How An App Is Stopping Pollution In China

When China made real-time data available on the pollution emitted by 40,000 factories and other sources, an environmentalist named Ma Jun turned it into an app. The app's users turned it into a force for change by sharing the data on Weibo—China's Twitter-like social network—and tagging the agencies responsible for enforcing environmental standards.
"​People in China are not satisfied knowing when they need to wear face masks. They want solutions," said Ma, founder of the non-profit ​Institute of Public and Environmental Affairs (IPE) and its Blue Map app, during a visit to Chicago this week. "What we find is that people don't just access the data, they share that on social media. That part is also powerful."
"​There's no new rules, there's no new laws," said Michael Greenstone, executive director of the Energy Policy Institute at Chicago, one of Ma's hosts this week. "With the app you have created information. People take that information, and that leads to change?"
"Yes," said Ma, who described the function of his app in appearances at the University of Chicago Wednesday and the Chicago Council on Global Affairs Thursday. He explained that on Beijing's smoggiest days, people consult the app to see where the pollution is coming from. Checking the Blue Map app in China is akin, he said, to checking the weather forecast in the U.S.
"When there are a lot of smoggy days, before people would get angry, but now they can use their energy for something else: find out who is polluting and tweet it."
Once the public began tagging government agencies in those "tweets" on Weibo, officials could no longer ignore the problem without appearing to neglect their duty, Ma said.
A former journalist for the South China Morning Post, Ma founded the IPE in 2006, after China began releasing some initial data on polluters. As its first project, IPE used the data to build a Blue Map website. The effort struggled for the first several years but flourished nearly a decade later following two developments: many Chinese began carrying mobile phones, and China began releasing real-time pollution data from the 40,000 largest polluters.
The Blue Map app brought those developments together.
Ma described a steel plant near Beijing that was routinely emitting sulfur dioxide and particulate matter above pollution standards—sometimes as much as 10 times above. In the early days of IPE, one of Ma's colleagues contacted the plant. "That is not something that we take as very important," he was told.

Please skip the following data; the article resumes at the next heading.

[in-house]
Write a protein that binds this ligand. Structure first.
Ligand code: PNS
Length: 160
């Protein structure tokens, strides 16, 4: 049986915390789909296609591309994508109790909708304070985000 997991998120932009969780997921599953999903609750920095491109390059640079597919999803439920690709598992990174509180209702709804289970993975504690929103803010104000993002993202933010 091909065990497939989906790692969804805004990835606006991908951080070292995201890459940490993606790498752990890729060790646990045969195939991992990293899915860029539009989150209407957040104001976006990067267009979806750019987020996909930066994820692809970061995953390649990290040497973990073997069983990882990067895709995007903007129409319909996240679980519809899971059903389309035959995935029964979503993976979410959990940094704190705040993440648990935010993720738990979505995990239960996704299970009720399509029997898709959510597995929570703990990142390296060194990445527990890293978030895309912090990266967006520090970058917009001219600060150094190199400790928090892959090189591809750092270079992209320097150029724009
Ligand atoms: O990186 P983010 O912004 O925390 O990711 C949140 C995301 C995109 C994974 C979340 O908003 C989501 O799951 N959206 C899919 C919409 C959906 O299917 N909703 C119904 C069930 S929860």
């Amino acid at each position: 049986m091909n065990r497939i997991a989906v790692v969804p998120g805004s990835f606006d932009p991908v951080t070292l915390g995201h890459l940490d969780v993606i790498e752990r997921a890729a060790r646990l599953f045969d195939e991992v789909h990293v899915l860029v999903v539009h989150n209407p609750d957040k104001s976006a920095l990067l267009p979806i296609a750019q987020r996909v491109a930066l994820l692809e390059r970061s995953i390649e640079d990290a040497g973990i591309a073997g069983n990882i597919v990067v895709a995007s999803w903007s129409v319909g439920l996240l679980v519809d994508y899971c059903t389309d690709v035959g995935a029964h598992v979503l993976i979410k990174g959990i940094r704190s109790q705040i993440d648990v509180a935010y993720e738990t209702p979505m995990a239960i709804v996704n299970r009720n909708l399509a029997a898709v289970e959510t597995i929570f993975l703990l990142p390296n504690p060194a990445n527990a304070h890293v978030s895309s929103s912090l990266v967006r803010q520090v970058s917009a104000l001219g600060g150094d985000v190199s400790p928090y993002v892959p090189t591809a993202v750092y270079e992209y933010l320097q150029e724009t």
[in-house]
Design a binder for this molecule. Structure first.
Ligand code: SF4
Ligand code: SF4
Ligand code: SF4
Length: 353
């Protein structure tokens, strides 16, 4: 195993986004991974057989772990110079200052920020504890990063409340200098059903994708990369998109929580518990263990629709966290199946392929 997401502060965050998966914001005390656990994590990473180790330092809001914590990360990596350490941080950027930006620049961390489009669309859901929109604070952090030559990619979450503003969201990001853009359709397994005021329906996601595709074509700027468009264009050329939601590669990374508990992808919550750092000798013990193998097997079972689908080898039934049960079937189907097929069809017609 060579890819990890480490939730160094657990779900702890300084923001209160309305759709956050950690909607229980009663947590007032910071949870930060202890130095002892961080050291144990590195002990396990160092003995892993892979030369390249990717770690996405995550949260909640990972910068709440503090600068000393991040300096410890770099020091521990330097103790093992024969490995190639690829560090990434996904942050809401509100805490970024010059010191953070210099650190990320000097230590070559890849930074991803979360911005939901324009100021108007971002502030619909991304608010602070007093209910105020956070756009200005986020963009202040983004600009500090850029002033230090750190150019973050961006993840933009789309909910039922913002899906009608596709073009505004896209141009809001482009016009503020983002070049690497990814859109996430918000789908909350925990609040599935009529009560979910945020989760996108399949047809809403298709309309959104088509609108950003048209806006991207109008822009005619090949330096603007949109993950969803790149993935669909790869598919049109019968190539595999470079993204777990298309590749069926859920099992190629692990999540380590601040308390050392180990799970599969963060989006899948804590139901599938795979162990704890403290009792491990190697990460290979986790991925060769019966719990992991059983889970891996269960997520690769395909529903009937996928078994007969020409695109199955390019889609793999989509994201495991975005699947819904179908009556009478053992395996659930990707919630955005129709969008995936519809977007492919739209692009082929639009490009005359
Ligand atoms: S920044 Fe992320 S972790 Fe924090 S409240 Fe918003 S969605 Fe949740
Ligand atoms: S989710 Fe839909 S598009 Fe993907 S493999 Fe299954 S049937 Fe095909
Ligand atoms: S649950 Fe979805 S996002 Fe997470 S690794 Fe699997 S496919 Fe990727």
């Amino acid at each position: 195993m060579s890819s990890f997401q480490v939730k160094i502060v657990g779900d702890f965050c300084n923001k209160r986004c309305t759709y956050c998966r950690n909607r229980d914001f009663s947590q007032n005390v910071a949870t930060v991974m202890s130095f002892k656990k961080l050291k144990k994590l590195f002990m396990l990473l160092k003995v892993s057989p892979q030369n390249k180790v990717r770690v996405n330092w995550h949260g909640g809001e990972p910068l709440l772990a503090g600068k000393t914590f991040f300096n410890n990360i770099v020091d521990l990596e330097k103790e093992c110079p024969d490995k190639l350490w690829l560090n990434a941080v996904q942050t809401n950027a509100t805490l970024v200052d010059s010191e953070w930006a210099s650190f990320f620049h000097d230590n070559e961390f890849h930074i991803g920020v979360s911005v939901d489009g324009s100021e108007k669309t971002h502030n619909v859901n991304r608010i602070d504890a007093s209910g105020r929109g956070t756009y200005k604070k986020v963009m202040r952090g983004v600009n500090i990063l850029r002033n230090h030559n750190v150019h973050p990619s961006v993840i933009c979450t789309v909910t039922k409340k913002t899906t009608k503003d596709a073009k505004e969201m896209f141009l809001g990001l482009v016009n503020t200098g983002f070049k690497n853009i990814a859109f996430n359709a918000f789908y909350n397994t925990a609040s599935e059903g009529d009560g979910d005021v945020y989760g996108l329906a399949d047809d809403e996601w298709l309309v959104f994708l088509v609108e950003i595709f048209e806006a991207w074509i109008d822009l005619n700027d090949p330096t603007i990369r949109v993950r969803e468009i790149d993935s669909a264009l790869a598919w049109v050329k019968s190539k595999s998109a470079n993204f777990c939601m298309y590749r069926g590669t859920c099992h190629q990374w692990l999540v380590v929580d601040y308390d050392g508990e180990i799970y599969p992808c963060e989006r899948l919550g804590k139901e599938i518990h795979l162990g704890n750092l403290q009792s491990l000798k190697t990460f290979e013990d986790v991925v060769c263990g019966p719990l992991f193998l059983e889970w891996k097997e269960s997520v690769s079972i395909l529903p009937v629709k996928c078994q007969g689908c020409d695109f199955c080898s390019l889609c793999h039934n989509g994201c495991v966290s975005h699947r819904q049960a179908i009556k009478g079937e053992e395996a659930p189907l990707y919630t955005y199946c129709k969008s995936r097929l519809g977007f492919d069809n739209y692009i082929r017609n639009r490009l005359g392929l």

"So, obviously, they're not very good at PR," Ma said.
But nothing changed, he said, until citizens began using social media to pressure government regulators.
"​One day the regulator responded that they had checked and ordered company to solve the problem," Ma said. "Several months later, toward the end of that year, we got another response from the agency saying the company decided to shut down three production lines."
The shutdowns eliminated ​2,600 tons of sulfur dioxide emissions per year, Ma said, and 405 tons of particulate emissions per year.
It's difficult to say how much of China's fledgling environmental progress is attributable to IPE and the Blue Map app. Stories describing China's progress often cite Ma as their source. He won fame by writing China's Water Crisis, a book described as China's version of Silent Spring by Time Magazine in 2006, well before the Blue Map app, when it named Ma one of its 100 Most Influential People. On Thursday, Ma displayed a dramatic transformation of many of the sites documented on the App from red—the color of violations—to blue.
But the App has not been IPE's only tool. The group has also used the government data to pressure companies in China and abroad to clean up their supply chains.
When brands and manufacturers select suppliers solely on cost, they give an advantage to those who pollute, Ma said. When they make sure their suppliers are clean, they give the market advantage to those who don't pollute.
"When we engage with the companies, they have a good excuse: 'In China I don't know who are polluting, who are not. So I can only buy from the cheapest,'" Ma said. "But then, in the year 2007, '08, '09, I could tell them, 'We happen to have some data. We happen to have compiled this list of all the violators.'"
IPE's list of Chinese pollution violators has grown from 2,000 companies in 2006 to 500,000 today, Ma said. Companies that appear on the list are offered an opportunity to explain themselves. And they can be removed from the list if an independent audit shows they have cleaned up their act.
IPE is collaborating with the Natural Resources Defense Council to develop an international ranking of major brands based on the pollution records of their manufacturing and supply chains. Ma projected a list of companies they are calling upon to green their supply chains, beginning with Unilever, Dell, Adidas, Levis, Panasonic, Apple, Gap, Walmart….
China appears to be on the verge of launching a carbon market that will link the cost of carbon pollution to the price of products and activities that cause that pollution. But until that market has an effect, Ma will counter the competitive advantage polluters enjoy without new laws or to recourse to courts—just by outing them.
"The market continues to reward those who pollute," Ma said. "How can we win this war if we continue to allow that?"
Watch Ma's appearance at the Chicago Council for Global Affairs:

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